For the MyS­pace Gen­er­a­tion, a Dif­fer­ent Place to Mourn

The Washington Post Sunday - - Outlook - By Michael Pat­ter­son

My par­ents’ gen­er­a­tion grieved in grave­yards. Peo­ple my age mourn on­line. Less than 24 hours af­ter the Vir­ginia Tech shoot­ings, as peo­ple used our “sub­mit a death” link to send more vic­tim names to my Web site, MyDeathS­pace.com, our server crashed. We had just up­dated to a host that was sup­posed to be able to han­dle a much larger daily traf­fic load, but even that wasn’t ca­pa­ble of con­tain­ing the surge, which at one point hit 50,000 vis­i­tors. We had a dozen of the vic­tim pro­files the night of the shoot­ings, of­ten even be­fore ma­jor news or­ga­ni­za­tions re­ported of­fi­cial vic­tim in­for­ma­tion.

Since De­cem­ber 2005, when I started this site, which links to MyS­pace pro­files of the re­cently de­ceased, I’ve come to see first­hand how on­line mourn­ing is cru­cial for griev­ing young peo­ple. At Vir­ginia Tech, the mag­ni­tude of the tragedy is dif­fer­ent from the nearly ev­ery­day calami­ties my Web site reg­is­ters of young peo­ple killed by drunk driv­ers, in­volved in gang vi­o­lence or tak­ing their own lives. But the links to flashan­i­mated, mul­ti­col­ored interactive memo­ri­als serve the same im­por­tant pur­pose for friends and rel­a­tives. Com­ment­ing on a de­ceased friend’s MyS­pace profile is a lot like group ther­apy. Friends of the de­ceased can find some sort of com­fort in read­ing thought­ful mes­sages from oth­ers who are equally up­set.

I’ve thought a lot about the ease of griev­ing on­line as I spend time cod­ing links to the pro­files of the re­cently de­ceased — of­ten peo­ple who are younger than I am at 26. If my friend were to die in an­other coun­try or an­other state and I were un­able to at­tend that friend’s funeral, I would find some mea­sure of com­fort in visit­ing their on­line profile. Many young peo­ple seem to feel this way too. I’ve read again and again when visit­ing the profile of a de­ceased friend, it is as if that friend’s pres­ence can still be felt. His fa­vorite song is still play­ing on the profile and his blog is still there, the inside jokes or ev­ery­day ram­blings easy to ac­cess.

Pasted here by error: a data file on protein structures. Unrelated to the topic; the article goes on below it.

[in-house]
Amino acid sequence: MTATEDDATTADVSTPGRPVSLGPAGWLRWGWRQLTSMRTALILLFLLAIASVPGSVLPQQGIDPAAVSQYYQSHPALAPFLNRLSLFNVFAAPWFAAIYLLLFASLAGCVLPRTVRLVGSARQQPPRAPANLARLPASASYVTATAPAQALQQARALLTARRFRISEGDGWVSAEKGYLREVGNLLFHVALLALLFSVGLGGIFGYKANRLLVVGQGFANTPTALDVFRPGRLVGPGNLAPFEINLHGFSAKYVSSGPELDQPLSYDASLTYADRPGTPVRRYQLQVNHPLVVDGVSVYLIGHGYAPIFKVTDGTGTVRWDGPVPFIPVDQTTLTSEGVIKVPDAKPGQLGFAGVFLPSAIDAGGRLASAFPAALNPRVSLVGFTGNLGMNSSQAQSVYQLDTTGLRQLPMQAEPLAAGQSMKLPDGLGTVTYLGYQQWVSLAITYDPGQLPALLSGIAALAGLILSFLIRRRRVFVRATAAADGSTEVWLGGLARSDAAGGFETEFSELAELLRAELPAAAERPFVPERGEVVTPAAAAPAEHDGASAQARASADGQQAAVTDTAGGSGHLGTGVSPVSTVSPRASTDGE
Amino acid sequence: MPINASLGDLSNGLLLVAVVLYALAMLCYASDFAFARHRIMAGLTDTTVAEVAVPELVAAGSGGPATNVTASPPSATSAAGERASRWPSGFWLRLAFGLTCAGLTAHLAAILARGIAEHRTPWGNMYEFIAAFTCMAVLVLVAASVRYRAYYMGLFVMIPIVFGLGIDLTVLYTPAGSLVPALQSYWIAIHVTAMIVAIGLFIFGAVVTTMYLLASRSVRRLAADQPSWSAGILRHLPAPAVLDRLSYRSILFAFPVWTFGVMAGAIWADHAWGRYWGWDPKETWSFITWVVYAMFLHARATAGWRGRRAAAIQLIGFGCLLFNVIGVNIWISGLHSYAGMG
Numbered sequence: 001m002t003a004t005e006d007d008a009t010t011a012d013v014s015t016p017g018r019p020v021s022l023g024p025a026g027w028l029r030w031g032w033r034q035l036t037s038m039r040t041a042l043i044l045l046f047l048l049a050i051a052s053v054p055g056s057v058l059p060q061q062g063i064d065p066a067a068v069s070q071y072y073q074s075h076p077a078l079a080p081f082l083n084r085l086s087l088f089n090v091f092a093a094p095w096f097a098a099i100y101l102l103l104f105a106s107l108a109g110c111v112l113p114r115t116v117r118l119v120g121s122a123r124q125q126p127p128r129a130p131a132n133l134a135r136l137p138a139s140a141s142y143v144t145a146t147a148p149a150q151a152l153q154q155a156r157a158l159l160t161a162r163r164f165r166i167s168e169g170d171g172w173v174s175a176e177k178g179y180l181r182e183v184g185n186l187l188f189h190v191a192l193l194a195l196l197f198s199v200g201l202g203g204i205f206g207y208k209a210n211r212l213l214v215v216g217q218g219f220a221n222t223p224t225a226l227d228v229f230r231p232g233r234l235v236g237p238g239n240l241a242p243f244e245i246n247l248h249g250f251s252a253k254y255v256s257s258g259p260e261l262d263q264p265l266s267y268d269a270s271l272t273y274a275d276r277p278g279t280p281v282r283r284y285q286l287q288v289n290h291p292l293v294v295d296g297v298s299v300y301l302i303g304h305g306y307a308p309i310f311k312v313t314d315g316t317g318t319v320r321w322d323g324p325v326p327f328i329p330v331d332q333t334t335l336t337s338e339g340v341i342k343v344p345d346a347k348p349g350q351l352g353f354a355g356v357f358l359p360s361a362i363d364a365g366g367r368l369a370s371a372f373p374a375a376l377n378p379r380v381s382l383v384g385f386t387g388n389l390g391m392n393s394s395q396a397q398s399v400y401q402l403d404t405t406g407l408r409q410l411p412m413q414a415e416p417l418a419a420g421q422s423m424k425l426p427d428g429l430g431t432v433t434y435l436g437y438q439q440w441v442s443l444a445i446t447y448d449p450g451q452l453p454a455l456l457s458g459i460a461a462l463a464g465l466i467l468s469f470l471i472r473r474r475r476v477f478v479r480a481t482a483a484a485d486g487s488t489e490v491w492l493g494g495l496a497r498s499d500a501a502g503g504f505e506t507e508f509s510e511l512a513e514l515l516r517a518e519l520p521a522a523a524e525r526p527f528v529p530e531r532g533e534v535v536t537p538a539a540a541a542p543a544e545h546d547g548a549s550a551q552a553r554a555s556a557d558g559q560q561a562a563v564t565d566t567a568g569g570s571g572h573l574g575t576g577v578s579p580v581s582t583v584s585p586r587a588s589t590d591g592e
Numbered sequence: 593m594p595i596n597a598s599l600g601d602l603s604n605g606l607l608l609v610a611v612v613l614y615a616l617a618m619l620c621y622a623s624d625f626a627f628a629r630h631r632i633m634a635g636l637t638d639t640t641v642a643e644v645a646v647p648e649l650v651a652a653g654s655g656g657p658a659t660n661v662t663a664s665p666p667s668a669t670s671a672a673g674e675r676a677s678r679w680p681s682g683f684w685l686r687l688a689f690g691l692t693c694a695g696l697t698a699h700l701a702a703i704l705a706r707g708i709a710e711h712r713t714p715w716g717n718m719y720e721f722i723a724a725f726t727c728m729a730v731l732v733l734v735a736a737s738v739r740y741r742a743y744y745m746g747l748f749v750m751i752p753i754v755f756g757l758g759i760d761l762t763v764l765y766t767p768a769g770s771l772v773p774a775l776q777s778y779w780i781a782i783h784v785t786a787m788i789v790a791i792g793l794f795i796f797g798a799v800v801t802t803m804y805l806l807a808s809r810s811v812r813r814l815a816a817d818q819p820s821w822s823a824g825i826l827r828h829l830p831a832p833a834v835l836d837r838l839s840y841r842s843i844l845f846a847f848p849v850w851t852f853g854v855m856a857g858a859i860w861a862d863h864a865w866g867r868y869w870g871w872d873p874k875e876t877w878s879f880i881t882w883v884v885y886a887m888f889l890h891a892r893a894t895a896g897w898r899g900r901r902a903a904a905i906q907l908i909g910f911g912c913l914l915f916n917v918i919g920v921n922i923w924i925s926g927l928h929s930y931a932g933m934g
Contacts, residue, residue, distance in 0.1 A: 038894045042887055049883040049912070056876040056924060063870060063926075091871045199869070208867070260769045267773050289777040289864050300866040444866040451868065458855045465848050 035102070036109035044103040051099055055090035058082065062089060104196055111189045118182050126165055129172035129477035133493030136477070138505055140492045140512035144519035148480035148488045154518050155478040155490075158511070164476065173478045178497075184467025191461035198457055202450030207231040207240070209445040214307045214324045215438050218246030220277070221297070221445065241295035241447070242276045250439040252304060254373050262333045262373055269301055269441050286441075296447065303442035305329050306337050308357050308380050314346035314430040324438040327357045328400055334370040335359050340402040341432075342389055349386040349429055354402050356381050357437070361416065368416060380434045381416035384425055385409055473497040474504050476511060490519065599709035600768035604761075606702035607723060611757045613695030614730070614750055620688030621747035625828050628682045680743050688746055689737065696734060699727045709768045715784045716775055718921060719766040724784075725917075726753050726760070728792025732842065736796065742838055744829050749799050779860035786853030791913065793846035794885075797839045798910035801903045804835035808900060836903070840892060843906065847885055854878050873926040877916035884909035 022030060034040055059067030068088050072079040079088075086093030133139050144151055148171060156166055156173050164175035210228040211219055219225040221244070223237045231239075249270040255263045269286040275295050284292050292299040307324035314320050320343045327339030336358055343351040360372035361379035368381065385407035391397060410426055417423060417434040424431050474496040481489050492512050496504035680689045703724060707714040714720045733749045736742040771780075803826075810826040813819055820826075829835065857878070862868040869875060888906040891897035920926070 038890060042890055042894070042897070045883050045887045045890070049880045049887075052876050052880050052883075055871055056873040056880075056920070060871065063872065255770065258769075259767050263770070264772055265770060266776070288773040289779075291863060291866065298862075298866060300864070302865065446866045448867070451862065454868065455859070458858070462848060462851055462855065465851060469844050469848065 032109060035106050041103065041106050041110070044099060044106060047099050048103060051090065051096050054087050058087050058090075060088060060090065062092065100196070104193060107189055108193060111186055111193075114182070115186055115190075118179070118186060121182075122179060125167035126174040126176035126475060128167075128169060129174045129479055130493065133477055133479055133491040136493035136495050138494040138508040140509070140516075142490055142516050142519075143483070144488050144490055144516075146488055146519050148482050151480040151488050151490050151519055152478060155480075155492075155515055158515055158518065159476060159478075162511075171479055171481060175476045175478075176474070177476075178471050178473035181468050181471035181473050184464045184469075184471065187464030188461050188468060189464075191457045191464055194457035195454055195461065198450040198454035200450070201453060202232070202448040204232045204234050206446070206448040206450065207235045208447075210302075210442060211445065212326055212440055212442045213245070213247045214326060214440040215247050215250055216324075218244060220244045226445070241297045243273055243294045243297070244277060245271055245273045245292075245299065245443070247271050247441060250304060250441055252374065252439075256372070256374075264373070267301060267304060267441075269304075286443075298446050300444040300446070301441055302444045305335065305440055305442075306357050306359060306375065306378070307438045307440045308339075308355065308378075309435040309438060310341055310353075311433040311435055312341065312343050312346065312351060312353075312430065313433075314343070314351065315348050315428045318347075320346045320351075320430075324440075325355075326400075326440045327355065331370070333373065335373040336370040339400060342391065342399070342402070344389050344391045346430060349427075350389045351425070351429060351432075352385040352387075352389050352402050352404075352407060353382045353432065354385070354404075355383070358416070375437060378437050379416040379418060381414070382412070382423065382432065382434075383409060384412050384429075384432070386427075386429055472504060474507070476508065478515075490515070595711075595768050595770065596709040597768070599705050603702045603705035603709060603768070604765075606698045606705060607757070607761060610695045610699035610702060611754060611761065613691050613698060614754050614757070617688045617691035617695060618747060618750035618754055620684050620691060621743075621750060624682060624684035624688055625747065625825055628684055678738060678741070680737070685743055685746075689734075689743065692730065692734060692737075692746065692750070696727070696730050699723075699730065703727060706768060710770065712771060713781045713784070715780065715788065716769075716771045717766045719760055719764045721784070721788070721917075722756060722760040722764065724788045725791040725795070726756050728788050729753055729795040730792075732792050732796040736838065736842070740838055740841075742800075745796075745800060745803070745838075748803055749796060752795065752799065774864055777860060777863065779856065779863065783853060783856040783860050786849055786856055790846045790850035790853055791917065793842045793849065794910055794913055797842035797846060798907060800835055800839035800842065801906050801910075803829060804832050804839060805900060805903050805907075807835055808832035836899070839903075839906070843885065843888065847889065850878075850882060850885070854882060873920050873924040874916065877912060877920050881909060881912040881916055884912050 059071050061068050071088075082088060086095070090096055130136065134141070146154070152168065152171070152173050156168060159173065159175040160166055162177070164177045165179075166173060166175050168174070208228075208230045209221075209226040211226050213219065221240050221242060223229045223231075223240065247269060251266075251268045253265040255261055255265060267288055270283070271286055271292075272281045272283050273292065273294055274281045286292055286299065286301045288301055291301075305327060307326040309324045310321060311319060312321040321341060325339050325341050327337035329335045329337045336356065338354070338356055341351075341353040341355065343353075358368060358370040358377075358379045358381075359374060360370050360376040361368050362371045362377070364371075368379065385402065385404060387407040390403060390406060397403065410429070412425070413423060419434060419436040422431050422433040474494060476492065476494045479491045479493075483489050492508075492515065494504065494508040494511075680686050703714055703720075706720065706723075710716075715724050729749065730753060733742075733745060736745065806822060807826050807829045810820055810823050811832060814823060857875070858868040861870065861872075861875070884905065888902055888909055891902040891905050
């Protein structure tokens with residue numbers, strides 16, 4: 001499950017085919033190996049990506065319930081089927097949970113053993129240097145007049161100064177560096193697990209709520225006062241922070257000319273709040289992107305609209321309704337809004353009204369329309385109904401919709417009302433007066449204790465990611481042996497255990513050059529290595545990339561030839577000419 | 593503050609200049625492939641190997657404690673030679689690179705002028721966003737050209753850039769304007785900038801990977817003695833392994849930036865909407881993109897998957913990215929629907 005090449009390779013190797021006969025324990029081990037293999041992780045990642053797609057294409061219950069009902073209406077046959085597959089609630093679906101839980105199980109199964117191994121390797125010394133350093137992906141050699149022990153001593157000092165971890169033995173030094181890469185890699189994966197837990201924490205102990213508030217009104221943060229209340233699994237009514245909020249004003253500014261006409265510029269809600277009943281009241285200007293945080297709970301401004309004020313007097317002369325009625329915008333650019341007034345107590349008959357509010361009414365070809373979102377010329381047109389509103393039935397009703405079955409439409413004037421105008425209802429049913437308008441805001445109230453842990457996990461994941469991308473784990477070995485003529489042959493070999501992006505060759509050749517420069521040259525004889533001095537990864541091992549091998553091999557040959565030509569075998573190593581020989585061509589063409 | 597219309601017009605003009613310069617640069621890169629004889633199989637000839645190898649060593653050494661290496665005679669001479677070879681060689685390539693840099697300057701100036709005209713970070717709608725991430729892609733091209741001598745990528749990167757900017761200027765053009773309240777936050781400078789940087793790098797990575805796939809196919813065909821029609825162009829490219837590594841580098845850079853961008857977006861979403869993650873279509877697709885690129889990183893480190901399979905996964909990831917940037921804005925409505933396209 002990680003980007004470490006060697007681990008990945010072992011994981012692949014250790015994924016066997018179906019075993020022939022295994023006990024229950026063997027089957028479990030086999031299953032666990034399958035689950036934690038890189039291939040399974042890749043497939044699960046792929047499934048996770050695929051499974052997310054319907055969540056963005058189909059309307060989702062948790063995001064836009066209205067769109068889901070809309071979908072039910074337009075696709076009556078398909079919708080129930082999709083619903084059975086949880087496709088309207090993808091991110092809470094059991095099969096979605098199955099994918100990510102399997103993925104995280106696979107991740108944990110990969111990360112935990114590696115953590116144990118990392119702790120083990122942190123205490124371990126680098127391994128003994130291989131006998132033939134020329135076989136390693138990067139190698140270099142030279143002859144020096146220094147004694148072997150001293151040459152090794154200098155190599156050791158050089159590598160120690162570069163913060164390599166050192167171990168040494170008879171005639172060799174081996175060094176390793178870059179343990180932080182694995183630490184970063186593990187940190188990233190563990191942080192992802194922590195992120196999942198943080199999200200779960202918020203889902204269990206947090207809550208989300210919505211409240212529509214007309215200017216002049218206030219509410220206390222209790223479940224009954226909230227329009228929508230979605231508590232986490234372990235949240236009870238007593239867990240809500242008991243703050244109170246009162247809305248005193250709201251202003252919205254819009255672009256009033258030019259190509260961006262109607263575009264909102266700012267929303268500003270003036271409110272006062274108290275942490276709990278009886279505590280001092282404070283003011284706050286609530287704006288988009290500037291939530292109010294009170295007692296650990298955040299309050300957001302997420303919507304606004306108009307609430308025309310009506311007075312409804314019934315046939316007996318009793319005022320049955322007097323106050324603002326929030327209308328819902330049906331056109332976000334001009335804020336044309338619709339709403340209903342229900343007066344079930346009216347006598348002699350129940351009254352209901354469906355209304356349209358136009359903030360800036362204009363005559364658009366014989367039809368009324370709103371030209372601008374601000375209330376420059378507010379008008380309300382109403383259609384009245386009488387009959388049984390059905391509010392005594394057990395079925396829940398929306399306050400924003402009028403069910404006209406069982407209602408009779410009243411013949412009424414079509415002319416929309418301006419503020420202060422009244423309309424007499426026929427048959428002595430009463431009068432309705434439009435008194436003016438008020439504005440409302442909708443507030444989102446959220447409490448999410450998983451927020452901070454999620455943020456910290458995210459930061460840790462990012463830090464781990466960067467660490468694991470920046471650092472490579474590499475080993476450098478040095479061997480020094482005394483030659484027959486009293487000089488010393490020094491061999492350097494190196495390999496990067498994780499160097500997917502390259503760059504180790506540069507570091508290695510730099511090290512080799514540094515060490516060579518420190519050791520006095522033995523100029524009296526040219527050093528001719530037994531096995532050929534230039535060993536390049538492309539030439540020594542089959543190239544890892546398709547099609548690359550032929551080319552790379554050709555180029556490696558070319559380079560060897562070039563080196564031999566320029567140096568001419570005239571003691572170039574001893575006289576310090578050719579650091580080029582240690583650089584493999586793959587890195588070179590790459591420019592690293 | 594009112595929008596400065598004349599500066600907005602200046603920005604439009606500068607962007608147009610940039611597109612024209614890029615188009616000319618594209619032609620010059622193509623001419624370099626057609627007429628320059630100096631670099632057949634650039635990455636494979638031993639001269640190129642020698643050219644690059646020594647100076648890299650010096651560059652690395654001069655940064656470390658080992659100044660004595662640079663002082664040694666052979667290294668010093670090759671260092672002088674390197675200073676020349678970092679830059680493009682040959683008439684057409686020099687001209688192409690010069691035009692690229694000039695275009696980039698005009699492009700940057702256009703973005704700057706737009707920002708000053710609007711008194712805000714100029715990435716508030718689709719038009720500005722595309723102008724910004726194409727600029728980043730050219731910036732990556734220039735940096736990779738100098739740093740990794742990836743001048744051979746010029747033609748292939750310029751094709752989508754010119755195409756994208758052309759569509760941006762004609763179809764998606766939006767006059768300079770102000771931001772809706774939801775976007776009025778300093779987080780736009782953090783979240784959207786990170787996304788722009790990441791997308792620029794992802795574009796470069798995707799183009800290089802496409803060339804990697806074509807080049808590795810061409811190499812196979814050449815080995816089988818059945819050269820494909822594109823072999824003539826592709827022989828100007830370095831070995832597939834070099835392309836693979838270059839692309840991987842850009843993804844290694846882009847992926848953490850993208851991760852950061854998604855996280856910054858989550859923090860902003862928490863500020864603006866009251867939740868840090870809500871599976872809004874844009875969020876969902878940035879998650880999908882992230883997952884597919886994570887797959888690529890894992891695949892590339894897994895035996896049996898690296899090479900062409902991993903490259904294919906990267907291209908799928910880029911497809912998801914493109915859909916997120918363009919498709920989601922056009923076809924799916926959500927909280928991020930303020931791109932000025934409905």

Visit­ing a ceme­tery, to me, would have the op­po­site ef­fect. Touch­ing a cold grave­stone and read­ing the etched let­ters of a close friend’s name seems dis­tant, painful and fi­nal. Visit­ing a de­ceased friend’s on­line profile, you might laugh when click­ing on pho­to­graphs, and it might not feel as if your friend is truly gone. A profile is a snap­shot that peo­ple leave on­line, a look at what they love and hate and are bored by or find funny at one par­tic­u­lar mo­ment. Pro­files, on MyS­pace any­way, can stay up in­def­i­nitely un­less a fam­ily mem­ber re­quests re­moval. A profile is a good sin­gle spot on the Net for peo­ple to re­turn to time and again for com­fort.

I started my Web site af­ter read­ing an ar­ti­cle about two teenage sis­ters who were killed by their fa­ther. I found MyS­pace pages for the girls and read the heart­break­ing post­ings by their friends. I won­dered how many more MyS­pace users had died young. Af­ter read­ing of a few more lo­cal deaths, I started to no­tice that the ma­jor­ity of the deaths were the re­sult of au­to­mo­bile ac­ci­dents and drunk-driv­ing. I founded my site with the hope that it could be an eye-open­ing ex­pe­ri­ence for teenagers and might save a few lives.

Based on the num­ber of vis­i­tors we get per day — be­tween 15,000 and 20,000 unique vis­i­tors and more than 200,000 page views — other peo­ple are also in­ter­ested in see­ing MyS­pace pages that func­tion as obituaries.

We have our crit­ics, peo­ple who e-mail to say that what we’re do­ing is mor­bid or ex­ploita­tive. We also re­ceive many notes of sup­port. Rel­a­tives who have lost loved ones write to say how com­ments from com­plete strangers helped in the griev­ing process. And those who haven’t been di­rectly af­fected by loss write as well. One mother of three teenagers told me she had found her way to MyDeathS­pace and was floored by the num­ber of teens killed in tragic, pre­ventable au­to­mo­bile ac­ci­dents. She said that she sat her three teens down in front of the fam­ily com­puter and made them click through nu­mer­ous pages con­tain­ing deaths of teens the ex­act same age as her own. She said some­thing along the lines of, “Look how pre­cious life is” and made them prom­ise al­ways to wear their seat belts and never drink and drive.

I no longer look up names of the de­ceased on MyS­pace. Just as was the case last week af­ter the tragedy at Vir­ginia Tech, all deaths we link to are sub­mit­ted to the site — by strangers, friends, ac­quain­tances or even fam­ily mem­bers. It’s be­come an au­to­matic re­flex for some to mourn the per­son they’ve lost by con­nect­ing with the profile they left be­hind.

mydeaths­pace@gmail.com

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